I am not the type of Jew who has been exposed to the topic of Israel my whole life. My parents never spoke to me about the Jewish state growing up and I had virtually no connection to the land or interest in the Israeli-Palestinian conflict. In August 2017, I had my first exposure to the region when I went on Birthright. Although it was one of the best weeks of my life, it did not inspire me to become more involved in learning about Israel, but simply resulted in a temporary feeling of being more Jewish.
A few months ago, I had the opportunity to visit Israel again, this time on a student trip organized by the Jewish Federation of Greater Pittsburgh and Hillel JUC with a political and conflict-based focus. As a student at Carnegie Mellon University studying international relations and politics, this seemed like an ideal opportunity.
This trip, along with a class entitled Arab-Israeli Conflict Since 1948, exposed me to perspectives of Israelis and Palestinians and inspired me to conduct my own research about the conflict. To this day, I still do not know where my ideologies lie on the topic, but I plan to continue to pursue an answer.
I am 19 and heading into my sophomore year of college. I understand that I am young and don’t have all of the answers. I am and have always been an open-minded person and have hard time maintaining hardline opinions. My thoughts and viewpoints are often changing based on new information or experiences. I like to lead a life that is open to new ideas and perspectives, because I don’t subscribe to the mindset of being so set in my beliefs that I cannot listen to what others have to say. With that being said, many of my principles are left-leaning and progressive.
Last week, I was the photographer for a Federation event where Almog Elijis, the consul for media affairs at the Consulate General of Israel in New York, spoke to 140 members of the local Jewish community. Before the event started, I was outside with a friend when we noticed that members of IfNotNow, a Jewish progressive advocacy group, were across the street. My friend was familiar with the group and was concerned that they would disrupt the event. I didn’t want to make any assumptions or judgements about them, and I thought my friend was overreacting.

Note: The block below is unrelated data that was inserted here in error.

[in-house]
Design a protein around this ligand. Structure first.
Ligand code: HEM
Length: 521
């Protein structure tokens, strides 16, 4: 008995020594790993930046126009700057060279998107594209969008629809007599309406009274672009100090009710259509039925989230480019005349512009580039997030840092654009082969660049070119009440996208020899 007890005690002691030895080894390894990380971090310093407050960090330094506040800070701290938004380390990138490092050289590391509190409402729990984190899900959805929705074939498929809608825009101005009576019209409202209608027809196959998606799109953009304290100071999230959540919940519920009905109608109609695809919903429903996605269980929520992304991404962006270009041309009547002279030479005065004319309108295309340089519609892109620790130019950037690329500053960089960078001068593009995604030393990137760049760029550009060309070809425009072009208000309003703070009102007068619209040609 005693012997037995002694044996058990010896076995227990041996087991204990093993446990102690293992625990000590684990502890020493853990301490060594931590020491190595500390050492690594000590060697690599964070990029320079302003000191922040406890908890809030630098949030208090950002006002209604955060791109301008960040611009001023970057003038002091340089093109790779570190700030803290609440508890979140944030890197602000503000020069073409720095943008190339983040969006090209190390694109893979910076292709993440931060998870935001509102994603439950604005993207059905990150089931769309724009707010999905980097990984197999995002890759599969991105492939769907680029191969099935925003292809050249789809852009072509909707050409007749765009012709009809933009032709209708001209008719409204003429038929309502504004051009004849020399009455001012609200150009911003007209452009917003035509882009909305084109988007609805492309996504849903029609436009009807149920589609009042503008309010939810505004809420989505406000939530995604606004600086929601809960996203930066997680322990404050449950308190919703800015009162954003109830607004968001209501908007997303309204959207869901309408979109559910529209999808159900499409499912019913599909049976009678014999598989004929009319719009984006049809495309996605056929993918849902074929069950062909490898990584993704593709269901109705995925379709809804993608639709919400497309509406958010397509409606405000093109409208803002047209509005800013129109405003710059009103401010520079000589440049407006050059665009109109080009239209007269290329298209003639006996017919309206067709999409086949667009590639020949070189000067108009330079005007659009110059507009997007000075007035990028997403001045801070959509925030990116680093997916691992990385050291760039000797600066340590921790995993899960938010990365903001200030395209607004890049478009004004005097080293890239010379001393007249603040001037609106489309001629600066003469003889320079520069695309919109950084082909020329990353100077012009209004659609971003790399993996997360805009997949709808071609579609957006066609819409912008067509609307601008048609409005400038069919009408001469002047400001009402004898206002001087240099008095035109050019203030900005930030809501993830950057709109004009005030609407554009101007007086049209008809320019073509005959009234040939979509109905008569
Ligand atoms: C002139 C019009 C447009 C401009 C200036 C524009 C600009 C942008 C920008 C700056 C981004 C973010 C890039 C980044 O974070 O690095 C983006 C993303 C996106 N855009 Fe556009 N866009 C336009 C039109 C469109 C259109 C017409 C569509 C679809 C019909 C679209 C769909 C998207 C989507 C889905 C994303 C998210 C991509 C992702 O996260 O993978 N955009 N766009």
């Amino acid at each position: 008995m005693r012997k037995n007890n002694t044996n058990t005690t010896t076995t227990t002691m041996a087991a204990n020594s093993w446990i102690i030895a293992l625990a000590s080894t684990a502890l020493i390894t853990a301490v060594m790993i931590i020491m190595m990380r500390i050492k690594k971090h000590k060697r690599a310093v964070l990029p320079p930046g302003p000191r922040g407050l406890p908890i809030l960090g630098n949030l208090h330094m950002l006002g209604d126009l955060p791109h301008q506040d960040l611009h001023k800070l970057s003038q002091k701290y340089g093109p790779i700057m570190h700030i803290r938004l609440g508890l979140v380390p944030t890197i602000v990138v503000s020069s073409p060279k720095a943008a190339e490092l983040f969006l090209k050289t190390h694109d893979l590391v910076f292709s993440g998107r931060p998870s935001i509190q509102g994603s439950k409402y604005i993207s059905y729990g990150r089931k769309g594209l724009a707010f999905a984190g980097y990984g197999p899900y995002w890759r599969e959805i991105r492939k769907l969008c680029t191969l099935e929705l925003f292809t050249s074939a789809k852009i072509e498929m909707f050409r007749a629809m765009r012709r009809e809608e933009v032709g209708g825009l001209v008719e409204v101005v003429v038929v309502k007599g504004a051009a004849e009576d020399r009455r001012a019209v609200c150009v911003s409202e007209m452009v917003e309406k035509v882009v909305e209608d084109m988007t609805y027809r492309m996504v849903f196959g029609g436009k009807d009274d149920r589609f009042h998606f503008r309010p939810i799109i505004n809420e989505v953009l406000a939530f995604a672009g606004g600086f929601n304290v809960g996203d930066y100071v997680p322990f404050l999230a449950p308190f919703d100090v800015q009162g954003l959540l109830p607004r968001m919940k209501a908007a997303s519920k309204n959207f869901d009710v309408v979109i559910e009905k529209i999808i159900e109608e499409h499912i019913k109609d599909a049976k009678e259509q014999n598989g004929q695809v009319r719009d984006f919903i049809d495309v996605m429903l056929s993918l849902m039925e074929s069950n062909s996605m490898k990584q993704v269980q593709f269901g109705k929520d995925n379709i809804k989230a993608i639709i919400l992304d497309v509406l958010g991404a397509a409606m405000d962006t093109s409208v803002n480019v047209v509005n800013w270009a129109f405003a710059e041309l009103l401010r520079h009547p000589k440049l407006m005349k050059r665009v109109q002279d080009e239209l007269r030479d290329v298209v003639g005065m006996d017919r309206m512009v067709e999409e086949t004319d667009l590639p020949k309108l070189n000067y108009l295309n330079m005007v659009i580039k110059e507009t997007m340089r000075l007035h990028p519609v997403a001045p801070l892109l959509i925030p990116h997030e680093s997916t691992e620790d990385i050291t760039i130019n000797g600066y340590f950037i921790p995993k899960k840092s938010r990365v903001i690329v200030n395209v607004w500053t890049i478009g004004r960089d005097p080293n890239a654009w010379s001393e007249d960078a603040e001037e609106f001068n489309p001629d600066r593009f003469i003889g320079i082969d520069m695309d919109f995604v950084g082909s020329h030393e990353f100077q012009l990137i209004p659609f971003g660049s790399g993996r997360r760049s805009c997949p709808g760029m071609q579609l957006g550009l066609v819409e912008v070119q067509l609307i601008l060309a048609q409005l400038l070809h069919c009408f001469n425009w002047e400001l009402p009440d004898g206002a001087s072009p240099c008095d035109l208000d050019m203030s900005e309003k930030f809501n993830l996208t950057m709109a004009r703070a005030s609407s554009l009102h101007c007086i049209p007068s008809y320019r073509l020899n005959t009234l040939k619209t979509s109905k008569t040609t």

At first glance, IfNotNow is a group that appears to be something I would be interested in learning more about. Comprised of primarily young, trendy Jews who are left-leaning, progressive and appear to have similar social values to myself, they initially appealed to me.
In my mind, we were in a Jewish space with an Israeli official and I thought we would be a target for violence. Thankfully, there was no violence, but to my surprise this person standing up was a Jew whose sole purpose was to interrupt the event for his own cause. The noise associated with this interruption — a mix of Elijis continuing her speech and the man yelling his rhetoric — along with the overall confusion was alarming. The majority of those in the audience were senior citizens, many of whom had hearing impairments.
This member of IfNotNow was a cause of anxiety for many elderly people present, and he caused so much commotion that I couldn’t even catch the purpose of his cause. This first interrupter was followed by several others throughout the evening.
Since my knowledge and views are still being formed, I am a perfect example of IfNotNow’s target audience. However, the way the group’s members acted and presented themselves completely turned me off. I would have been willing to listen to their side of the argument, but instead of having an open dialogue or any sort of two-sided conversation, they decided to shut not only their own ears but also everyone else’s around them to yell what they perceived to be true about Israel and Palestine.
I don’t know IfNotNow’s exact intent in the interruption; I can only assume that they wanted exposure and for the more moderate people to join them. They got their exposure, considering I had not known about them previously, but they did not convince me of anything, and saying their name now leaves a bad taste in my mouth.
The Jewish community is small enough as it is. Why create a divide in a people who need to band together as much as possible to thrive in modern society? Why not ask questions and stick around to hear the answers when you have an opportunity to speak to a real life Israeli diplomat, a direct connection to the government and decision makers?
The time you spent organizing and acting out this demonstration could have been used in a more effective way to support the lives of the Palestinians you feel so strongly about. Using a platform to support the wellbeing of those who aren’t present to speak for themselves is a noble cause, but the way in which you do so — i.e., shutting down and drowning out people who can actually bring about change — doesn’t enable change to occur.
Maybe next time, use your voices and your ears to have a conversation and actually get your ideas out there. Because to be honest, I didn’t hear a word you said. PJC
Mollie Serbin is a student at Carnegie Mellon University and an intern for the Jewish Federation of Greater Pittsburgh’s Community Relations Council.